Financial planning is an important component of student life. By planning how your money is to be spent, you can ensure you are prepared for the full year ahead. Without a plan, you might find yourself spending more than your college fund allows, falling behind on bill payments, and winding up in a very difficult situation. Let's be certain that won't happen! Plan ahead, stay on track, and finish happy!
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- November 2020 - Helpful Holiday Resources
- January 2021 - Financial Wellness Resolutions
- February 2021 - Are You Ready for Tax Season?
- March 2021 - March is Fraud Prevention Month!
- April 2021 - Are You Ready for Student Loan Repayment?
- May 2021 - Who Doesn't Like Free Money?
- June 2021 - Why You Should Save and How
- July 2021 - Ready to Apply for Funding?
- August 2021 - Making a Spending Plan
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To create a budget is to create a plan of attack that compares your financial resources to your expenses. The goal is to create a balanced budget, where your expenses do not exceed your resources, and it is important to update your budget plan if and when something changes (ie. loss of employment, change in residence, etc.). This may seem like an overwhelming task, but with our tips, tricks and resources below, your budget planning will be a breeze.
1. Consider your financial resources. How do you plan on paying for your expenses while in school? Whether your income will come from your family, government assistance, savings or employment, you will need to determine the amount of money you will have available to you in order to know whether or not you have enough to make it through the school year.
2. Consider your financial expenses. It is easy to overlook the expenses you incur and to underestimate the amount you spend on a regular basis. When compiling your financial expenses, be sure to include your educational costs (tuition, mandatory fees, books, supplies), basic needs (rent/mortgage, utilities, groceries, transportation) and miscellaneous or luxury expenses (Netflix, coffee runs, going out with friends, birthday/holiday gifts). When taking your first stab at your budget, be sure to include all the expenses that you currently incur as well as those that you envision yourself incurring. Would you like to be able to buy yourself a coffee every day? If so, put this in your budget plan.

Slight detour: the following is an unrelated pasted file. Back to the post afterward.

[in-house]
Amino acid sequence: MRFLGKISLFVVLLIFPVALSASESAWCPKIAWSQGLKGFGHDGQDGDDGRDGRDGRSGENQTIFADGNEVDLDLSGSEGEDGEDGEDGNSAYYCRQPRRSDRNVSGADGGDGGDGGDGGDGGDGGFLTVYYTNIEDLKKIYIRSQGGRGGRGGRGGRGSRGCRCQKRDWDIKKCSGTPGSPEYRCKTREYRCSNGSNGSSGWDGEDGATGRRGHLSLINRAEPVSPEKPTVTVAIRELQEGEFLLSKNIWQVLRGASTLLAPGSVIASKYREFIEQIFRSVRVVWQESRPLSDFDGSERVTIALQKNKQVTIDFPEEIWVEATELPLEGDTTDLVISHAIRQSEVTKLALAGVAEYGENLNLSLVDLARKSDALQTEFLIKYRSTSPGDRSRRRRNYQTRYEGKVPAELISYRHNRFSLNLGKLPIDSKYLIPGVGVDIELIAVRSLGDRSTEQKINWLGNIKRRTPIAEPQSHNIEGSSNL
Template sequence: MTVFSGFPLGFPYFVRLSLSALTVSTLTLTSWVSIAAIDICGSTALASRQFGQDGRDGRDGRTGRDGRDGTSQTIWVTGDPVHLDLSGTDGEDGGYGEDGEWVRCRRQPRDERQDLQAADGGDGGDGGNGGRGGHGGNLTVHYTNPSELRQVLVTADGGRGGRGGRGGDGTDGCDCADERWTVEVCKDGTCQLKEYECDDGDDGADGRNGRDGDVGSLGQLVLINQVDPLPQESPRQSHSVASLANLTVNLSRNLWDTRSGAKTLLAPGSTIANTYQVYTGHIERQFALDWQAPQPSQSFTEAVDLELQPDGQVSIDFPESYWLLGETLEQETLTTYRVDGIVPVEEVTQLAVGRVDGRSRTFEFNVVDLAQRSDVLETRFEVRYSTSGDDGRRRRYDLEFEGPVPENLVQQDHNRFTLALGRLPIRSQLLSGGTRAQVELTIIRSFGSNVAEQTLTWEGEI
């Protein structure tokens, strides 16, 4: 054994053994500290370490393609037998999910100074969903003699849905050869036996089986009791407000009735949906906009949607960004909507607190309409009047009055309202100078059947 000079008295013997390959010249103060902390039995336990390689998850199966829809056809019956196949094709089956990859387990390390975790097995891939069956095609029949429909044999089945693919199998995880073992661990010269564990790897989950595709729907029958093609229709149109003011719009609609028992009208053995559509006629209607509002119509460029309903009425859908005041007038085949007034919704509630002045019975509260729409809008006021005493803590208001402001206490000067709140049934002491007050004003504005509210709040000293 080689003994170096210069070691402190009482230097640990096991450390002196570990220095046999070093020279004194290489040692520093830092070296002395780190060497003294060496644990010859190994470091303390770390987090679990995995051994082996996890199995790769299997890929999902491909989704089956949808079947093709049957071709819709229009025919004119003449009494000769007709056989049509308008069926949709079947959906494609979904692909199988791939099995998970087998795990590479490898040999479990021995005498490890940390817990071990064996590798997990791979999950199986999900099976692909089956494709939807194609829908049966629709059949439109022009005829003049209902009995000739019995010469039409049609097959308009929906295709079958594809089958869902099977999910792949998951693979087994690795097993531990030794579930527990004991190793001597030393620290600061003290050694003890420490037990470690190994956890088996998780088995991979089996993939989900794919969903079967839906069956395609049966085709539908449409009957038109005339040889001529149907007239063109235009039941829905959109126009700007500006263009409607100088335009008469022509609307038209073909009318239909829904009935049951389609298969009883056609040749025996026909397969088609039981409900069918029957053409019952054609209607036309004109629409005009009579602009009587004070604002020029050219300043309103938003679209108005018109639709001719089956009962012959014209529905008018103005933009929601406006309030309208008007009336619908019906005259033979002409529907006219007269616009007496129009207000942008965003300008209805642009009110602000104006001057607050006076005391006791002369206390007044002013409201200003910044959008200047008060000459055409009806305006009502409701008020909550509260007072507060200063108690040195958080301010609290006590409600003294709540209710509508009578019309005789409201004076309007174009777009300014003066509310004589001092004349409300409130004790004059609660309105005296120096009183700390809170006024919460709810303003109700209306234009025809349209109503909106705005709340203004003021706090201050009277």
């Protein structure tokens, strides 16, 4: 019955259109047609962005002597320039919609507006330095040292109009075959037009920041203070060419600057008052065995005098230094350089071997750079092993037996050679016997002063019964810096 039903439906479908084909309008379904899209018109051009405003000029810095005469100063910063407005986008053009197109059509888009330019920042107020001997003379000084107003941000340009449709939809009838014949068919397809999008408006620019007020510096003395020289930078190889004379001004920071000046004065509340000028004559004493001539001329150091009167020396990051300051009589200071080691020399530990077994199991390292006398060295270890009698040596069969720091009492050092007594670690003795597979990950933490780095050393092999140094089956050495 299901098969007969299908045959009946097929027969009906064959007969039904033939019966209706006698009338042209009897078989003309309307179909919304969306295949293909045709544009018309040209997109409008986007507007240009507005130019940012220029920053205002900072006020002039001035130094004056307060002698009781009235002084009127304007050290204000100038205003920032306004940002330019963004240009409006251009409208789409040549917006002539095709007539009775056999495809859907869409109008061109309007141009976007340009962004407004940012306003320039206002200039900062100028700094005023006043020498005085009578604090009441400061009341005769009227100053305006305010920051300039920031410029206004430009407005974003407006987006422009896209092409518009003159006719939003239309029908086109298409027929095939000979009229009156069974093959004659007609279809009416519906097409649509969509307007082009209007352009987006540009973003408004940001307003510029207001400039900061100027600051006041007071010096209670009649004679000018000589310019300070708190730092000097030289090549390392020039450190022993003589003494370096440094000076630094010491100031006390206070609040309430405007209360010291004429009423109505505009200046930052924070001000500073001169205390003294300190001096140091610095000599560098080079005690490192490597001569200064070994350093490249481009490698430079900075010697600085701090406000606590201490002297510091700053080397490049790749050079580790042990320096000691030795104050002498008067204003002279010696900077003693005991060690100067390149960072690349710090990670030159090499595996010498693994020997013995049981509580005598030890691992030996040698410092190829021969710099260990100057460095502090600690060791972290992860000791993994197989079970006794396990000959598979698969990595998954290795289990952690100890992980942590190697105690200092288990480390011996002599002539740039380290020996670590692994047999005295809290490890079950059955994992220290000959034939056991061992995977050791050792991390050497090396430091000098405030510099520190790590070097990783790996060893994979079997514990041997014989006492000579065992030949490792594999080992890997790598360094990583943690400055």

3. Review your budget. After your budget plan has been populated with all of your resources and expenses, review your bottom line - is it balanced? If your expenses exceed your resources you have two options: find a way to increase your resources (get a job, work more hours) or decrease your spending. Start out by determining your wants from your needs. Do you need to buy a coffee every day or go to the movie theatre every month? Probably not, but you do need a roof over your head. Continue to play with your budget plan until you find yourself a balanced budget.
There are many simple things you can do which will make a big impact on your budget. Budgeting isn't only about costs versus resources - it's about weighing the benefits of your financial obligations and deciding whether they are worth it. Living in your own rental may be an alluring idea, but is it worth thousands of dollars in debt? By making simple sacrifices you can save yourself from a heavy financial burden.
Apply for awards and scholarships. There are students who are able to graduate debt-free thanks to scholarship winnings! Apply for as many awards and scholarships as you can.
Live with parents or relatives. If you have the ability to stay with family during your time as a student, take advantage of this option! You may be offered free accommodations, or perhaps you can come up with a reasonable agreement that benefits both parties. If living with family isn't an option, you may want to consider living with roommates or living in affordable campus housing.
Use alternate modes of transportation. Having a car is a luxury, not a necessity. If you are able to utilize an alternate mode of transportation, you can save big on transportation expenses. This sacrifice is not an all-or-nothing option - you can cut back in a number of ways:
- Keep your car, but use a different mode of transportation to travel to and from school (walk, bike, longboard/skateboard, bus)
- Set up a carpool. By splitting the cost of transportation between a few friends, everyone wins!
- Get rid of your car all together. By selling your car, you will not only gain the income of the sale, but you will save on the various expenses associated with owing a car (insurance, gas, registration, regular maintenance, parking, etc.).
Shop discounts. Businesses often offer discounted pricing to students with valid student ID cards. Be sure to carry your iCard with you and ask the businesses you frequent whether they have student pricing. Many grocery stores offer discounts of 10-15% off on Customer Appreciation Day (usually the first Tuesday of the month) and have specific discount days for students. Rather than shopping on an as-needed basis, plan your big grocery trips to take place on discount days. When shopping for clothing, check out the sale racks before heading to the new arrivals, or try shopping at local consignment and thrift stores.
Both the provincial and federal government offer tax benefits to post-secondary students. Click here for more information.
Student Connect Centre
Room 1102 | Red Deer Polytechnic
Box 5005 - 100 College Blvd, Red Deer, AB T4N 5H5
t: 403.342.3254 | f: 403.342.3262 | e: studentconnect [at] rdpolytech [dot] ca
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